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Friday Morning Roundup


by Stephen Becker 13 Feb 2009

FILM BY THE NUMBERS: Austin-based writer Joe O’Connell has been covering the film incentives beat for The Dallas Morning News, and today he reports on a new wrinkle for the proposal: a flexible incentive. Currently Texas offers a 5 percent incentive for projects shot in the state, and the film community has hoped for a […]

CTA TBD

FILM BY THE NUMBERS: Austin-based writer Joe O’Connell has been covering the film incentives beat for The Dallas Morning News, and today he reports on a new wrinkle for the proposal: a flexible incentive. Currently Texas offers a 5 percent incentive for projects shot in the state, and the film community has hoped for a 15 percent break – the number many feel would be the tipping point in luring projects. Neighboring New Mexico and Louisiana offer 25 percent incentives.

A new proposal suggests that the state would offer a flexible incentive to be determined by the Texas Film Commission on a case-by-case basis. How the Commission would decide how much to award to whom is anyone’s best guess at this point.

A positive suggestion in the proposal is the lowering of the in-state spending requirement to qualify for the rebate from $1 million to $250,000. When I spoke with Dallas filmmakers Brandon Jones and John Venable about their locally shot movie Karma Police, they said their budget was too small to qualify under the current laws. But producer Jones was convinced that turning a profit on smaller projects is the best way to convince larger shoots that coming here can be profitable. Lowering the spending minimum is a crucial step in that process.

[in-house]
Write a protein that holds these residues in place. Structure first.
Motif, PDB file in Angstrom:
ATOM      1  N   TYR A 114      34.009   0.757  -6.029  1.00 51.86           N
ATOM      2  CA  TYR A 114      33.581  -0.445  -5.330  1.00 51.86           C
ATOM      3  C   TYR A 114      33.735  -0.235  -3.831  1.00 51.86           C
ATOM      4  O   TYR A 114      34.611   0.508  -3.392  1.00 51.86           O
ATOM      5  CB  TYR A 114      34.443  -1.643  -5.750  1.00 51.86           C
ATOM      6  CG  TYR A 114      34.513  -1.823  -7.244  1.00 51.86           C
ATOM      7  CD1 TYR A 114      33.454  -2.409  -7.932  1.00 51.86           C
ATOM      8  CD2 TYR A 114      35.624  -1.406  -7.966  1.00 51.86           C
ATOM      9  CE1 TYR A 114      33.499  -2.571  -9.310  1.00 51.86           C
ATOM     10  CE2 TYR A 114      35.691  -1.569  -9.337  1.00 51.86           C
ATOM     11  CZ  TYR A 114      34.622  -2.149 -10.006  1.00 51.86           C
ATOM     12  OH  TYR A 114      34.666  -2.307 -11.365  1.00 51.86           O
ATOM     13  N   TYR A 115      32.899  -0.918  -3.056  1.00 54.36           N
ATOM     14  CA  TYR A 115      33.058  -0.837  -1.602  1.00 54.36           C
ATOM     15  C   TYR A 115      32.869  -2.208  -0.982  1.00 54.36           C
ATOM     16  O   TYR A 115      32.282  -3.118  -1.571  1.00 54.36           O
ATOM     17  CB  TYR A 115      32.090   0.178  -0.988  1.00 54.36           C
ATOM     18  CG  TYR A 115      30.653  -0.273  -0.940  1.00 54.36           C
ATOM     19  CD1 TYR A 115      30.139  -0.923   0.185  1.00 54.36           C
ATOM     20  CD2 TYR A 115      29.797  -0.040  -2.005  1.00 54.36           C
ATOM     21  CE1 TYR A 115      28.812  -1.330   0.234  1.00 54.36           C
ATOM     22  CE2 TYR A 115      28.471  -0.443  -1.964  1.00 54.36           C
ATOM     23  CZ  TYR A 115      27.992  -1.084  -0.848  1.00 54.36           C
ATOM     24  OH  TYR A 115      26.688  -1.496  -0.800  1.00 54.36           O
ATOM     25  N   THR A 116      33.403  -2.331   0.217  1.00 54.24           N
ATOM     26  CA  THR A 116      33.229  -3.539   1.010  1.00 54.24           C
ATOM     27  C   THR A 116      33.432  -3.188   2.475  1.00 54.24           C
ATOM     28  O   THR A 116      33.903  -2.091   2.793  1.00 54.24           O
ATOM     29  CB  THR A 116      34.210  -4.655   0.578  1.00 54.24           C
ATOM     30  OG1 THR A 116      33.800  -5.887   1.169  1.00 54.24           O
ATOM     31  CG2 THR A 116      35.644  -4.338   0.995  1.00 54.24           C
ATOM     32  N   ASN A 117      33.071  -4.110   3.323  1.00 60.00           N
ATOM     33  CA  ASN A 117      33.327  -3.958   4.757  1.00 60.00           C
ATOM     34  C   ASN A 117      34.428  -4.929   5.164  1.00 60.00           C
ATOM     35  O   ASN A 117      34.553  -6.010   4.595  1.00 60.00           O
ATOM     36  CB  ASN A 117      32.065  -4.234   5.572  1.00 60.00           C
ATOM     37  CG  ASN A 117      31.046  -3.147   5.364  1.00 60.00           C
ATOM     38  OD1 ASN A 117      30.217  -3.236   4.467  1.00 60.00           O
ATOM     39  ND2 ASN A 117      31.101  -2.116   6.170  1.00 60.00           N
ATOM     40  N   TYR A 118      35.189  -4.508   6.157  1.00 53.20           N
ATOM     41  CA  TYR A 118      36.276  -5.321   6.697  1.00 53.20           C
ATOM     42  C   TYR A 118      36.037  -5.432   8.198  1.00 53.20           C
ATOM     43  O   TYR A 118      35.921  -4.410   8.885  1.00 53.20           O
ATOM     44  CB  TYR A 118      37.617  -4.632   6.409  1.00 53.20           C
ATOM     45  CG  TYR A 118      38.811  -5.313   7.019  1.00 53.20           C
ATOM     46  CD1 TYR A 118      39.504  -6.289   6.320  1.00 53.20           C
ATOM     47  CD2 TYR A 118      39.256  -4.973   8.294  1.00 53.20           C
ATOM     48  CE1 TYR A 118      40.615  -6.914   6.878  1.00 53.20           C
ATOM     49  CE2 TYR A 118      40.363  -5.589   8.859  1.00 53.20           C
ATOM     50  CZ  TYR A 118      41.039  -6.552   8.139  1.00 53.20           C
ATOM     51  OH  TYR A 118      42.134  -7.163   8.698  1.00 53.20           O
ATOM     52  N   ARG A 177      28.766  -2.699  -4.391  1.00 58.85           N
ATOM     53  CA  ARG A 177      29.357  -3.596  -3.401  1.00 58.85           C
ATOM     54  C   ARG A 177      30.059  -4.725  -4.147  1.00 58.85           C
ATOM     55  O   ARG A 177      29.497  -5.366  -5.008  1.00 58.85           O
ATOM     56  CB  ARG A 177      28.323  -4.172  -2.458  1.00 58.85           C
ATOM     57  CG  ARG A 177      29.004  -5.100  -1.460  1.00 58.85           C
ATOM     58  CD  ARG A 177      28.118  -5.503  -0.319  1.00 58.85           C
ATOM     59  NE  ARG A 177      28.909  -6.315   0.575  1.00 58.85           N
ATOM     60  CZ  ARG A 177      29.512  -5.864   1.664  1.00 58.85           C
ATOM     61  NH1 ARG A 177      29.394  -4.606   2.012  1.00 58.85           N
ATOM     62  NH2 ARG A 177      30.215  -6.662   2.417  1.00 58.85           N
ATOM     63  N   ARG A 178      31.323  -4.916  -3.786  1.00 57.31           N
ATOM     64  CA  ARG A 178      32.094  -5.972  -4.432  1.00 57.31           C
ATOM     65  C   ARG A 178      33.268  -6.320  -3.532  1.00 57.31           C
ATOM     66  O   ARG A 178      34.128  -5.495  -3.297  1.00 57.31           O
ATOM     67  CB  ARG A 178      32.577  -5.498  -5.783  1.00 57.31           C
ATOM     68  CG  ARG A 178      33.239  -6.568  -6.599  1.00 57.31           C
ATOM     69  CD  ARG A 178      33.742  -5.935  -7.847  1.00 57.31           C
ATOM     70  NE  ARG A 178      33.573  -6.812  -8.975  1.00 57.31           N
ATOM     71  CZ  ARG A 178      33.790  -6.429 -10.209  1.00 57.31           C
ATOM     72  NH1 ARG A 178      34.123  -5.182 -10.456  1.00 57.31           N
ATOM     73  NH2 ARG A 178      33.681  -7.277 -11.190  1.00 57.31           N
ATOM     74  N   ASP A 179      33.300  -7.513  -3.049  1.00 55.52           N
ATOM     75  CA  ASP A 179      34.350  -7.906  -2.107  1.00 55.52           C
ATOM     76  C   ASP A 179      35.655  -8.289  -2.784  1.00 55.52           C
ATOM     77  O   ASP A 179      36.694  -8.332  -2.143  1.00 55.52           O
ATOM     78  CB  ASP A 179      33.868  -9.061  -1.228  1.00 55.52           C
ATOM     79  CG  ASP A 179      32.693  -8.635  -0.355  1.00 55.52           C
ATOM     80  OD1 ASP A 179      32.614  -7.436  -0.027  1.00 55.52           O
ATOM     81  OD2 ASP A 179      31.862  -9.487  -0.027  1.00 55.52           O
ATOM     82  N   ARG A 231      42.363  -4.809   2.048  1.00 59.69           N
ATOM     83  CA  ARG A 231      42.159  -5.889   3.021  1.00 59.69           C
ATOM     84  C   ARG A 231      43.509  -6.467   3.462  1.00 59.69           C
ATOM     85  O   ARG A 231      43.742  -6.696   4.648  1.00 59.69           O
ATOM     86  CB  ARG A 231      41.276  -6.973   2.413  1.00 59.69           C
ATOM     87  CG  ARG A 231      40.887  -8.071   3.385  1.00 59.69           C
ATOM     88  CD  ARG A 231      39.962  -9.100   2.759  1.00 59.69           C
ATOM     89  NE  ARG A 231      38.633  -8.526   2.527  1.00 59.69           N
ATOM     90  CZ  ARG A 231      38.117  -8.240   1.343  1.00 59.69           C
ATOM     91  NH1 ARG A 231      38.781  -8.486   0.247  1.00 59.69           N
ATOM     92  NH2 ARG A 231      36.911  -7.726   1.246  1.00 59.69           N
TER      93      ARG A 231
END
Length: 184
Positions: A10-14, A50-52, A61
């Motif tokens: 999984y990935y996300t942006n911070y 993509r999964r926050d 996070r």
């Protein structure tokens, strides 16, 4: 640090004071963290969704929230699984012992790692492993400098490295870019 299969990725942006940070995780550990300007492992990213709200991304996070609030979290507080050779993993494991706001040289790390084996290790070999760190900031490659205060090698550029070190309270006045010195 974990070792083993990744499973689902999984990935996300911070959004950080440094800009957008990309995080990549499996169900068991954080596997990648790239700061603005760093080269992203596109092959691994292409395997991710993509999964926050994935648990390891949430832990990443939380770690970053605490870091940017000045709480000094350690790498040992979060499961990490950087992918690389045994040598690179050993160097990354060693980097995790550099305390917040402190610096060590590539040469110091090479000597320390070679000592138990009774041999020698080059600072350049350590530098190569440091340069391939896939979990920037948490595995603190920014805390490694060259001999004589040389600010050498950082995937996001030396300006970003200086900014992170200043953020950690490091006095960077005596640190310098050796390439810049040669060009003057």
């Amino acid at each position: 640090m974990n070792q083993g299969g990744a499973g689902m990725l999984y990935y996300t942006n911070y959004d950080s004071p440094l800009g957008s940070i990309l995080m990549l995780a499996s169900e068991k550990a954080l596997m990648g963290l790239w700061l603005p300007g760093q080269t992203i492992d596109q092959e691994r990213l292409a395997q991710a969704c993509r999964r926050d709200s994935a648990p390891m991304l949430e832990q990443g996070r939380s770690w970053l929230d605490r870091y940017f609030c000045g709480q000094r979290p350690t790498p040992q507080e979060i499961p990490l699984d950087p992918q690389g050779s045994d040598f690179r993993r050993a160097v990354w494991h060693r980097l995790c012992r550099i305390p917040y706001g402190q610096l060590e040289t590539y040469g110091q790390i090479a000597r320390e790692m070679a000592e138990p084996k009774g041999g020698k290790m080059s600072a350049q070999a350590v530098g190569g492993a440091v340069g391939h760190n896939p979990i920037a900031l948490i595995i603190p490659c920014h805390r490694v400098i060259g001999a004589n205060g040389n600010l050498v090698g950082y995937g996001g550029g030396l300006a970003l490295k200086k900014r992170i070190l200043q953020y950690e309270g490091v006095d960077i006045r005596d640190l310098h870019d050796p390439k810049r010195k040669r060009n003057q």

“We should really be focused on making movies that are $250,000 to a million and a half dollars and make good, quality films that are returning the investment here, so that the investment community sees that as a good investment,” Jones said.

LOCAL ARTIST HEADED TO NYC: Lewisville artist Eric McGehearty will take part in next month’s Armory Show in New York City as part of a booth sponsored by VSA – an organization for people with disabilities in the arts. This is the first year that the Armory show has included a booth dedicated to artists with disabilities.

“As an artist who is dyslexic, I explore the worlds of illegibility and inaccessibility,” McGehearty says in an artist statement on his Web site. “I see my work as a visual branch of semiotics – the theory and study of signs and symbols. I’m interested in the relationship between words and images.

McGehearty holds an MFA from the University of North Texas and will be the subject of a one-man show later this year at McKinney Avenue Contemporary.

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